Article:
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The Annals of Regional Science

, Volume 11, Issue 2, pp 65–73 | Cite as

The demographics and politics of economic decline in New York City

  • Bernard L. Weinstein
Article
  • 22 Downloads

Abstract

New York City's economy has been declining since 1969. Although this decline is usually discussed with reference to interregional shifts in population and the migration of industry to the South and West, the root causes can be best understood in terms of the changing demographic, political and economic matrix of the City combined with short-sighted public policies toward business development.

After explaining some important aspects of the “political economy” of economic erosion in New York City, the paper suggests several local government policy alternatives that might help to reverse the tide of economic decline.

Keywords

Public Policy Local Government Political Economy York City Environmental Economic 
These keywords were added by machine and not by the authors. This process is experimental and the keywords may be updated as the learning algorithm improves.

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References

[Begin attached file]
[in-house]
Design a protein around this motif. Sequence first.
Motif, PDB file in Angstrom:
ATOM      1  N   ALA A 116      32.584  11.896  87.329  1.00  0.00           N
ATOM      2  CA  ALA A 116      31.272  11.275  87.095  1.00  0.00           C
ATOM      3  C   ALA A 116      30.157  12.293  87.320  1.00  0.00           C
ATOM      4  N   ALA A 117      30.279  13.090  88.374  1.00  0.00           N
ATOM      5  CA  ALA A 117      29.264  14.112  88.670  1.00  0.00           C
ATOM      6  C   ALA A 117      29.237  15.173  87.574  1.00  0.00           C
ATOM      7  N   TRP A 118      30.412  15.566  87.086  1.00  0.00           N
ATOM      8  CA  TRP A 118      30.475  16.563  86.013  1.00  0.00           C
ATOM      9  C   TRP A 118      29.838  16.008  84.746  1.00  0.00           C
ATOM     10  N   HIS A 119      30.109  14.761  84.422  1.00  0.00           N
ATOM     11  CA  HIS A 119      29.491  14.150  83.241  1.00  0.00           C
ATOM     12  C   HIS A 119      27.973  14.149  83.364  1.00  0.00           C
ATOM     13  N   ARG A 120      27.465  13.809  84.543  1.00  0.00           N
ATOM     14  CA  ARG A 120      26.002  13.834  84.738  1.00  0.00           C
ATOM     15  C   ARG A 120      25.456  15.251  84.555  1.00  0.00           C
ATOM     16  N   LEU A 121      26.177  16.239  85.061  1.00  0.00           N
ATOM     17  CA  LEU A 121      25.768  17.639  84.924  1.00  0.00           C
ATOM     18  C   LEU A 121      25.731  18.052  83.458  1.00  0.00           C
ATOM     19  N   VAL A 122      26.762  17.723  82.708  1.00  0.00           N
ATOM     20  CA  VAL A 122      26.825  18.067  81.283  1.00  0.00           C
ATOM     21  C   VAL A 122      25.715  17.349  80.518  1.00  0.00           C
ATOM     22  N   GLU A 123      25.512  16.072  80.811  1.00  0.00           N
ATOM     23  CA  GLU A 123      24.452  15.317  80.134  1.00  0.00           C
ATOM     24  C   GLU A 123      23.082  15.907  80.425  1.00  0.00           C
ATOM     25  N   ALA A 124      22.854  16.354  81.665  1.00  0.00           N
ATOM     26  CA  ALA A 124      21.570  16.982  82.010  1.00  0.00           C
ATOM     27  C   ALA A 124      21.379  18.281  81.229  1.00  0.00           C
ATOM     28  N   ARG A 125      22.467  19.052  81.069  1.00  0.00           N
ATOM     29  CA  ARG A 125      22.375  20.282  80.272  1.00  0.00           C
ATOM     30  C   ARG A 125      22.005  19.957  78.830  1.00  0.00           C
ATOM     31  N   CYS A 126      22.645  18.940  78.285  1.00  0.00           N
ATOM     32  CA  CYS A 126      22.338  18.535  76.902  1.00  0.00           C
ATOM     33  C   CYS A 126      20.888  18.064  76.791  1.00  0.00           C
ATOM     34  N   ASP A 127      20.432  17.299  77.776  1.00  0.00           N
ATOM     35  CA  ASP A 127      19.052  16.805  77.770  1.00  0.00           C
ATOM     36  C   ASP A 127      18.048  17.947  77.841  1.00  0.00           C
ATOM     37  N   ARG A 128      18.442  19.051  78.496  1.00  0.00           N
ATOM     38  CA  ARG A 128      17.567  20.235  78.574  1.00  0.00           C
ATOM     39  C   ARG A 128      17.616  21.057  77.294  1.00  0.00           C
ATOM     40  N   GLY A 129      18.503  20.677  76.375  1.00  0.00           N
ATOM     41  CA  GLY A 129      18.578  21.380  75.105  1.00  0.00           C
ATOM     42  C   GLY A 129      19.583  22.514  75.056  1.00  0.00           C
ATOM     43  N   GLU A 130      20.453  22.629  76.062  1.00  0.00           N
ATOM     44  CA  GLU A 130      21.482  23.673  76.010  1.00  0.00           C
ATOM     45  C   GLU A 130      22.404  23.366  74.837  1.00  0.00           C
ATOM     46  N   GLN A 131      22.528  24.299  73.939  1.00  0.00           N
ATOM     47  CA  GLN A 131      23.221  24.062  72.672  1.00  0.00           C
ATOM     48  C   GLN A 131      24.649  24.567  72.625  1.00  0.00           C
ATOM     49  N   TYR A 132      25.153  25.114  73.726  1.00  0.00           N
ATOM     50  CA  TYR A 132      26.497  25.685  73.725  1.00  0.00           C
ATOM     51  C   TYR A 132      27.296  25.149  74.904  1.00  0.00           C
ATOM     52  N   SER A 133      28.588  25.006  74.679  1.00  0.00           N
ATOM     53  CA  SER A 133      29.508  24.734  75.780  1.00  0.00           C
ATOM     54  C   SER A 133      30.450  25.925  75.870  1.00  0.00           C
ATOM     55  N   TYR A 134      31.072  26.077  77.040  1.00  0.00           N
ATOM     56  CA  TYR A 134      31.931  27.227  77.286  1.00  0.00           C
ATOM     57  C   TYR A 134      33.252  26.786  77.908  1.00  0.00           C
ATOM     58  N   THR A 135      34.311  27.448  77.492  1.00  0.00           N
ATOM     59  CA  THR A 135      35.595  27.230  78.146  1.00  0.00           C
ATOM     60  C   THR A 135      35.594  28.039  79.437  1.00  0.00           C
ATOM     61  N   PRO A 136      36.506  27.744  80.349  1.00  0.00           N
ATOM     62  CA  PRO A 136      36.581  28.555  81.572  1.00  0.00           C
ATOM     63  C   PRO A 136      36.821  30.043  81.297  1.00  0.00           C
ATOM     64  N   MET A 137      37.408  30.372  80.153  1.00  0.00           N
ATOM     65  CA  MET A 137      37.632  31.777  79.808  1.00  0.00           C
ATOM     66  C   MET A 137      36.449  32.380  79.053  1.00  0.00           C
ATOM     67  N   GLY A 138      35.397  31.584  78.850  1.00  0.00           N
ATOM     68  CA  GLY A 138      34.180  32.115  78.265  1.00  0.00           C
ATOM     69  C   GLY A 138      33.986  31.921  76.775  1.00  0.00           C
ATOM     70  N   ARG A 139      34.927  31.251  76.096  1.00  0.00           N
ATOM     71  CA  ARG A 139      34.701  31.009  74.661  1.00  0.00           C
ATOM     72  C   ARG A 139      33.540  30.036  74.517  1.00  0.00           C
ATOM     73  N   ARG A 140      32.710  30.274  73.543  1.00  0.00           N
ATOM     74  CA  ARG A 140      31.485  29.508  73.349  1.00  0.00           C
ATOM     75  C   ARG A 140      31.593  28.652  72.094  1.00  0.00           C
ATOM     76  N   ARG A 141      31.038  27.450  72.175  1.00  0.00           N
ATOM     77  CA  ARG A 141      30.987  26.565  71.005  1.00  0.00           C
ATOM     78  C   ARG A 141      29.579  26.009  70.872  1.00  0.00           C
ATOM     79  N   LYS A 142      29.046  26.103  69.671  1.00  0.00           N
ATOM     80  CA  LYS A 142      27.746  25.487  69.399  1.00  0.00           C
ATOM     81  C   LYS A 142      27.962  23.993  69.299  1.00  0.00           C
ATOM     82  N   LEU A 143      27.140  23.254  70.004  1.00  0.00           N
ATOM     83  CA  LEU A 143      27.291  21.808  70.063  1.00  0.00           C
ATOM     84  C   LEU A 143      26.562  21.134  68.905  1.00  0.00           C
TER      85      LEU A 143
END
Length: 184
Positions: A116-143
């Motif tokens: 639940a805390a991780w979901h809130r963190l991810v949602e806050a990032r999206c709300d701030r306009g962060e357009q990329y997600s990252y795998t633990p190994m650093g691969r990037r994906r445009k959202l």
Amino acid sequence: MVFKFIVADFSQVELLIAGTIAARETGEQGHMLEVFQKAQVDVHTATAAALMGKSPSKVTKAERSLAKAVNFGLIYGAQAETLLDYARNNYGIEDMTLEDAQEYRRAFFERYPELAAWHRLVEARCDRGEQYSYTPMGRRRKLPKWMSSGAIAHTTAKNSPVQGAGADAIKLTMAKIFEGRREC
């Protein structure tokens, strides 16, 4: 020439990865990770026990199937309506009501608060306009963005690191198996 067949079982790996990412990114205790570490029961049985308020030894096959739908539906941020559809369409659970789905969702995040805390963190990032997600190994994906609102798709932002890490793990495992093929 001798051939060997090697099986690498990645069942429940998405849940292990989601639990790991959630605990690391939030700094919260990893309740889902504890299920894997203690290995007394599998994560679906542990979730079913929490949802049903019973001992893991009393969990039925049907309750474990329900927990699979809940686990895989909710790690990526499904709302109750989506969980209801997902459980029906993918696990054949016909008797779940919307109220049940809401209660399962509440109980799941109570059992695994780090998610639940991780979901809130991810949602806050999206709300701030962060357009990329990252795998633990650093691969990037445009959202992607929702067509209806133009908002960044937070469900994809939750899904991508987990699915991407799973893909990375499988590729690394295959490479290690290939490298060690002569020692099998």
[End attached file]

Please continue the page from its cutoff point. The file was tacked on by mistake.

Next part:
1. Weinstein, Bernard L. and George C. Keller. “The Startling Changes in New York's Economy,”Search Magazine, State University of New York (Winter 1975/76).Google Scholar
  2. Weinstein, Bernard L. “What New York Can Learn from Texas,”Society, May/June, 1976.Google Scholar
  3. Agenda for Economic Development. A Report to the Mayor's Policy Committee, New York City, February 1975.Google Scholar
  4. Industry in New York: a Time of Transition. (Albany: New York State Legislative Document no. 12, 1974).Google Scholar
  5. Sale, Kirkpatrick,Power Shift (New York: Random House, 1975).Google Scholar

Copyright information

© The Annals of Regional Science 1977

Authors and Affiliations

  • Bernard L. Weinstein
    • 1
  1. 1.The University of Texas at DallasUSA

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